Tensions are running high on the Turkey-Syria border following the shooting down of a Syrian warplane by Turkish forces at the weekend, the Turkish army said Tuesday.
The military reported a dozen incidents involving its aircraft and Syrian anti-aircraft defences on Monday alone.
"During one mission... five F-16 jets were followed by anti-air missiles... deployed by Syria, which were locked on our aircraft for 10 minutes, 53 seconds," it said in a statement.
Local media also reported that Turkey has deployed specialist elite units on the border.
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Damascus accused Ankara of "flagrant aggression" after the plane was shot down and crashed on Syrian territory on Sunday as Syrian loyalists and rebels battled for control of a frontier crossing.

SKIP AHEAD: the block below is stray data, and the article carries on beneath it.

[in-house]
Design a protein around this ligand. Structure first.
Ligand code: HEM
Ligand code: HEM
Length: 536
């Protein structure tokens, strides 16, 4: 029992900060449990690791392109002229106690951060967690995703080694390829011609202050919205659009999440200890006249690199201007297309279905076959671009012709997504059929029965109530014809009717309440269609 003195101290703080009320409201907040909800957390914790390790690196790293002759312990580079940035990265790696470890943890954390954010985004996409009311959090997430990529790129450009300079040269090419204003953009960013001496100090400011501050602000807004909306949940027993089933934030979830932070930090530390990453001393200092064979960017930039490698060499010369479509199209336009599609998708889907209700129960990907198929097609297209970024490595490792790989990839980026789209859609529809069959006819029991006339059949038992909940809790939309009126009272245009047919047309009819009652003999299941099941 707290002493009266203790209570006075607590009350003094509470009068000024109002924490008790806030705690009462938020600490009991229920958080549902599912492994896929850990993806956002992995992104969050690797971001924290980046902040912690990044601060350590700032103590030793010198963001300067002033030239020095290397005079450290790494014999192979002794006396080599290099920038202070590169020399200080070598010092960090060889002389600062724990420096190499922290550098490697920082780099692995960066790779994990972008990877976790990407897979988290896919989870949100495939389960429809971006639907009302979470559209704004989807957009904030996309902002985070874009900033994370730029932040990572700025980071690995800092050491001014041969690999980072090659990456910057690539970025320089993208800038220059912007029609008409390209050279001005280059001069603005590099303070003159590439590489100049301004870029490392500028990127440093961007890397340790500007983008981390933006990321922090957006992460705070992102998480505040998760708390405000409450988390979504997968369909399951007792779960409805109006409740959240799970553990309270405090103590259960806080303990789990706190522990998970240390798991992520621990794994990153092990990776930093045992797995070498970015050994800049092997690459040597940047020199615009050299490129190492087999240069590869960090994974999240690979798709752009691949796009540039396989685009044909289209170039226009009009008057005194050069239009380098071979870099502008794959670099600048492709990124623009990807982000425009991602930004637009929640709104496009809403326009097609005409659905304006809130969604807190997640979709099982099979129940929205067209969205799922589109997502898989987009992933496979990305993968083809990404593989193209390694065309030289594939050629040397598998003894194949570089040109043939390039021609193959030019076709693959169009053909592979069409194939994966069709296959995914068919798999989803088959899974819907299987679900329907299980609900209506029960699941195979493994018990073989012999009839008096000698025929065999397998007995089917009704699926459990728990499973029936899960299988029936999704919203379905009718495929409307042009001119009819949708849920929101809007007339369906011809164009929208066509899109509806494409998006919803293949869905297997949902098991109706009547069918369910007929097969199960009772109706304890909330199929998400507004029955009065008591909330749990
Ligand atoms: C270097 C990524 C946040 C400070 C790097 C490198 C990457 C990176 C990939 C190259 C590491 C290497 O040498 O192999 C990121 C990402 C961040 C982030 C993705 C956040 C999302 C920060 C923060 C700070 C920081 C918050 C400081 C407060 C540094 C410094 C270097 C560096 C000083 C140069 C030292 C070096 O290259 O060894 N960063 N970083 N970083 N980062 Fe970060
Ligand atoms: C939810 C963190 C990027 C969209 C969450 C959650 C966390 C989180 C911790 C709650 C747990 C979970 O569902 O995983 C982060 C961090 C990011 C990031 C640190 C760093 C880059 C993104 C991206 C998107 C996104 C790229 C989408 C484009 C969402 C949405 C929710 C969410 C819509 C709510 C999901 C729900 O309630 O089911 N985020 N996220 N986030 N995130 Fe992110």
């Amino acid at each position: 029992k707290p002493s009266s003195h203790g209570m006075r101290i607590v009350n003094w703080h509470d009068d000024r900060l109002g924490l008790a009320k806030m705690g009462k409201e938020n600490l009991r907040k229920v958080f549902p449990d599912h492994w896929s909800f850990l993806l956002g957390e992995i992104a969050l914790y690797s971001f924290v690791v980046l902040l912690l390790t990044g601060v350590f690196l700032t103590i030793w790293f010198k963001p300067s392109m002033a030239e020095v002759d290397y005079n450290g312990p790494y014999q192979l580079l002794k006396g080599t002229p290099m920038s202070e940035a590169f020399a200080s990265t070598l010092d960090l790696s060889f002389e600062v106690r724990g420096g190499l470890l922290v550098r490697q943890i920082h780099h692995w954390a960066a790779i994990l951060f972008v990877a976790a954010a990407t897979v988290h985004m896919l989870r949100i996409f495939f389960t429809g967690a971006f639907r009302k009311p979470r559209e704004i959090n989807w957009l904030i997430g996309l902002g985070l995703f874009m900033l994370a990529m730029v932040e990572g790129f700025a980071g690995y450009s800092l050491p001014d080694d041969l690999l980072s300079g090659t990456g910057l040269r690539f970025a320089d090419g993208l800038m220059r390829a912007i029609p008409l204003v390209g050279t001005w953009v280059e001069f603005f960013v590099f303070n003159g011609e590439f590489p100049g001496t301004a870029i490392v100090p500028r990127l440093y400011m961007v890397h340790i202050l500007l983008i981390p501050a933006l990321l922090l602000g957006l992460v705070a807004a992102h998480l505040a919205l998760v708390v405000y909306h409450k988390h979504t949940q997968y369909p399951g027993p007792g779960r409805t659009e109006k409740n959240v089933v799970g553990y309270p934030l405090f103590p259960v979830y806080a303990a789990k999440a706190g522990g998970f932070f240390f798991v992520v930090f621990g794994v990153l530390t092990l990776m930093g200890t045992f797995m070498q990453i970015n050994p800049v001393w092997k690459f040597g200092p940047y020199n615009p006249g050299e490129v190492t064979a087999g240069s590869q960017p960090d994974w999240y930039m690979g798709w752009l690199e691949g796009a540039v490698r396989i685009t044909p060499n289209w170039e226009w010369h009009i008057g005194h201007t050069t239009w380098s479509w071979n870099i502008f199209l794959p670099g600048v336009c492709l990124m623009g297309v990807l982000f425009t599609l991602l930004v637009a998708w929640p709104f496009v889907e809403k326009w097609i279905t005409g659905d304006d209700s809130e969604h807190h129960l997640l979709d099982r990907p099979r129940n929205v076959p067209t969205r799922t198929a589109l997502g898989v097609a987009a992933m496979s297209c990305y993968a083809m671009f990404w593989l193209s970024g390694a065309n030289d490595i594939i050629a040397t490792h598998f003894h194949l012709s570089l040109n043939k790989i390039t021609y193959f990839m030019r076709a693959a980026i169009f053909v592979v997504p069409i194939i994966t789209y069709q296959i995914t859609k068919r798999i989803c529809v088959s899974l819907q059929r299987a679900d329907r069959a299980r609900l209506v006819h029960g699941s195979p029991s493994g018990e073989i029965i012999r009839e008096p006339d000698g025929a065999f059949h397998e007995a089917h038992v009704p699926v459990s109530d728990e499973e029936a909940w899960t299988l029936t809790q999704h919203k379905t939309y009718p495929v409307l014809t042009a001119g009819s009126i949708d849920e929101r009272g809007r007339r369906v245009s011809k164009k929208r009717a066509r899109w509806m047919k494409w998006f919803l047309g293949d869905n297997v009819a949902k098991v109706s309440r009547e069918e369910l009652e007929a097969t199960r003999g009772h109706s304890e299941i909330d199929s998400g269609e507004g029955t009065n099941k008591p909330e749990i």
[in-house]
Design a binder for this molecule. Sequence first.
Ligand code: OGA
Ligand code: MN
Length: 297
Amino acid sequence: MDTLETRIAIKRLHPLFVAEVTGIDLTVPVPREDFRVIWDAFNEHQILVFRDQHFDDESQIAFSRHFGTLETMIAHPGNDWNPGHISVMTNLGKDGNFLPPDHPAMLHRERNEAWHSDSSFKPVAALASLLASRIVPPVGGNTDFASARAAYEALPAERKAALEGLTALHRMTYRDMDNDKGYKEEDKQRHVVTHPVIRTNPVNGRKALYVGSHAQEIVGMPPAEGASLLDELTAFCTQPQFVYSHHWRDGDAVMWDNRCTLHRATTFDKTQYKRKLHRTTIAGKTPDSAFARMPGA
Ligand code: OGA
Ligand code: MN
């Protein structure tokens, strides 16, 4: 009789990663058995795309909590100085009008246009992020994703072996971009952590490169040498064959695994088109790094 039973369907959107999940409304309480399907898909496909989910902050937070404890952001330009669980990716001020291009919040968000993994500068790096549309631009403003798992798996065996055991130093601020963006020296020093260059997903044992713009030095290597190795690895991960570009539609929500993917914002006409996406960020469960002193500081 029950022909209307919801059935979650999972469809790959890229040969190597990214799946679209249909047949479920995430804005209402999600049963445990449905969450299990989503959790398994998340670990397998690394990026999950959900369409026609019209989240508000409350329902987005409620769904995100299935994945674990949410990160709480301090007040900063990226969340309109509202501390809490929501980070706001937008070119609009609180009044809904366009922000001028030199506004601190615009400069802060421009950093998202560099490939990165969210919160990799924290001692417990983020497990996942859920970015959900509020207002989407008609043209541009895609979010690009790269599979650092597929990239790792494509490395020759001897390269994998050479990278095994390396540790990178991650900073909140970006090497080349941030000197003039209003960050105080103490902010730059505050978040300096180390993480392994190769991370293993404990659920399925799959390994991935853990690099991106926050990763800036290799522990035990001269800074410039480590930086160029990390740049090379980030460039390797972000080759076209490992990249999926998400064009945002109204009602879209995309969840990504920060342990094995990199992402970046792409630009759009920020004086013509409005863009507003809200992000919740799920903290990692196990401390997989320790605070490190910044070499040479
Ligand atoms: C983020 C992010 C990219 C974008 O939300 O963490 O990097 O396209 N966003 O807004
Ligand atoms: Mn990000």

Ankara said the jet had flown into its territory, with Turkish Prime Minister Recep Tayyip Erdogan warning of a "strong response" if Syria violated its airspace again.
Last year, Turkish fighter jets shot down a Syrian helicopter which Ankara said had flown two kilometres (over one mile) into Turkish airspace.
Turkey changed its rules of engagement after one of its combat planes was shot down by Syrian anti-aircraft in June 2012.
Resolutely hostile to the Damascus regime, Turkey is currently providing refuge to more than 750,000 Syrian refugees who have fled the conflict in their country.